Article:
The Maker movement emphasizes products and processes born from tinkering, playing, experimenting, expressing, iterating and collaborating.

Learning in our schools is poised to be transformed by the Maker movement. This fresh approach emphasizes creation and creativity and counteracts educational standards, testing and uniformity. Its emphasis is on products and processes born from tinkering, playing, experimenting, expressing, iterating and collaborating — and exploits new digital tools to make, share and learn across space and time, DIY style. Museums, libraries, community centers and after-school programs have designed physical and virtual “makerspaces” to host communities of supportive peers and mentors invested in creating everything from nail polish design and webpages to jewelry and robots . . . and now, even school curriculum.



Inventing Production-Centered Schools

Makers, using grounded research on how students learn outside of class, are rethinking schools. The MacArthur framework for Connected Learning (CL) provides a flexible model for exploring how schools could better cultivate the interplay between student interests, peer culture, digital tools and academic success — in other words, reconceiving schools as maker-centered environments. CL’s framework for production-centered learning starts with students instead of standards, and operates on the assumption that everyone is a maker. The ultimate objective is that, with the right tools and connections, young people can develop the literacies to remake our world into a more democratic, equitable and humane place.

Rethinking Your Classroom

Are you ready to transform your classroom into a vibrant makerspace where students actively make content-specific products, invent processes, and forward new ideas? If so, start by reflecting on your own experiences as a maker. How have your interests, motivations and social connections helped you develop knowledge, expertise and the moxie to make and do the things you love?

Like you, students need to find nurturing places in real life and on the web to geek out with others who share their passion. They’ll thrive in spaces that perpetually rekindle their desire to make meaningful contributions toward personally relevant issues, ideas, people and interests. Unapologetically flaunting the maker-centered ethos in your classroom and school is the first step to starting a maker revolution in your community.

Integrating Maker Culture Into Your Curriculum

Don’t let a prescribed curriculum stop you from integrating engaging maker experiences into your classroom. Find the intersections between young peoples’ interests and your curriculum. In her webinar, What Does “Interest-Driven” Look Like?, CL researcher Mimi Ito described how students develop academic pursuits when classroom content connects to their passions. She shared a story about a group of girls who were fanatical about anime. Capitalizing on that passion, they developed an interest in Japanese language and culture, and then in written Japanese after realizing that they could deepen their anime expertise by communicating with other fans in the beloved genre.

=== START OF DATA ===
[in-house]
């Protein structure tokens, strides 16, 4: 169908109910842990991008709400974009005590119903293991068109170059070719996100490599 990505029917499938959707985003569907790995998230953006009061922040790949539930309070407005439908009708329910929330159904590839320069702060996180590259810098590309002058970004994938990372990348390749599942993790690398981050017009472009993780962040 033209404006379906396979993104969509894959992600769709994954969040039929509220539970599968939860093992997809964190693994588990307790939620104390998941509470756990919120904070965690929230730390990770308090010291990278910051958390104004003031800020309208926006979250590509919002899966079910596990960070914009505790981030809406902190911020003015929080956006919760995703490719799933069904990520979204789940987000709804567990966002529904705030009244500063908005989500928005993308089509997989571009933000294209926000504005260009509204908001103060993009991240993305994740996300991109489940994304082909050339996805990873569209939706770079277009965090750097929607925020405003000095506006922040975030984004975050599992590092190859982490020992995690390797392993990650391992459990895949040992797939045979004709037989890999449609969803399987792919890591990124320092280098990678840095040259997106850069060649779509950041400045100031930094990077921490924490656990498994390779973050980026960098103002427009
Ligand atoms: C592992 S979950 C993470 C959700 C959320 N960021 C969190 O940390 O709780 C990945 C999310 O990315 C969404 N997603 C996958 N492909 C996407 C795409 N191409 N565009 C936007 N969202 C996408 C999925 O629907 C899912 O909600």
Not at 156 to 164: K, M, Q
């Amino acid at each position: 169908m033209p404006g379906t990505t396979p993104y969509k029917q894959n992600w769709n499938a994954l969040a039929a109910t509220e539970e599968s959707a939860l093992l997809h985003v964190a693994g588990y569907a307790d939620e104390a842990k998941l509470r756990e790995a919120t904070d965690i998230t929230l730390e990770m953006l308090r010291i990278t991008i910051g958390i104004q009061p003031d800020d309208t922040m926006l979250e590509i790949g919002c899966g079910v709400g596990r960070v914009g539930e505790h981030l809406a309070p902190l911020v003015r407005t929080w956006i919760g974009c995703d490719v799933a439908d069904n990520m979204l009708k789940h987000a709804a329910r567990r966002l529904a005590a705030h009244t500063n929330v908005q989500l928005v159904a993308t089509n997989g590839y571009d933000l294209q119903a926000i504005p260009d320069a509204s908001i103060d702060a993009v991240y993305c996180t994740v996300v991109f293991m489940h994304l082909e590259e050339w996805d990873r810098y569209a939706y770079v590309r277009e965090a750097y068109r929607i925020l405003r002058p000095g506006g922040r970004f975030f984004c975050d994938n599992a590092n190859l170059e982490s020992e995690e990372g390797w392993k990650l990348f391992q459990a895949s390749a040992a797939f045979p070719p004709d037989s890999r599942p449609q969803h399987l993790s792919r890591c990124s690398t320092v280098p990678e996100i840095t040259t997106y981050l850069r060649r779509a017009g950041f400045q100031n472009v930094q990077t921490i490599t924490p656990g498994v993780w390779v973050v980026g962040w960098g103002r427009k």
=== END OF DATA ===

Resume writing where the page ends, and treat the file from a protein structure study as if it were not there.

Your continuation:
If students reveal in an interest inventory that they enjoy working with digital media, leverage that interest in a science class by using new media to build content literacy — for example, what about Einstein’s greatest hits playlist, a digital story about nuclear fusion, a video game that simulates a chemical reaction, or a web page that illustrates the formation of the earth? If science students are sports or martial arts fans, collaborate to figure out how they might design experiments or text-based inquiry projects that deepen expertise around health and human performance while employing core concepts, literacies and procedures in the sciences. If your students like constructing objects with their hands, have them use Legos to build ancient city-states or manipulate them to explore mathematical concepts such as fractions and data sets.

Because making, producing, experimenting, designing and building are ever-present — physically and online, in and outside of the classroom — resources for making should be distributed throughout the school, home and community settings. To support young makers, teachers should:

  1. Regularly engage students in making, sharing, collaborating and reflecting.
  2. Give feedback often to help students remake and reiterate content-specific products, processes and knowledge.
  3. Encourage students to better the lives of their peers, school and community.
  4. Play multiple roles: engaged co-creator, mentor, problem-solver, activist or networker who brings the right people and tools together.

According to Elyse Aidman-Adahal, Director of National Programs and Site Development at the National Writing Project, makerspaces feature low barriers to content access and high ceilings of opportunity and achievement. We are all makers, and when we share, engage, reflect and remake, we become masters.

Let the Making Begin

Following are some resources and projects to get you started.

Via Edutopia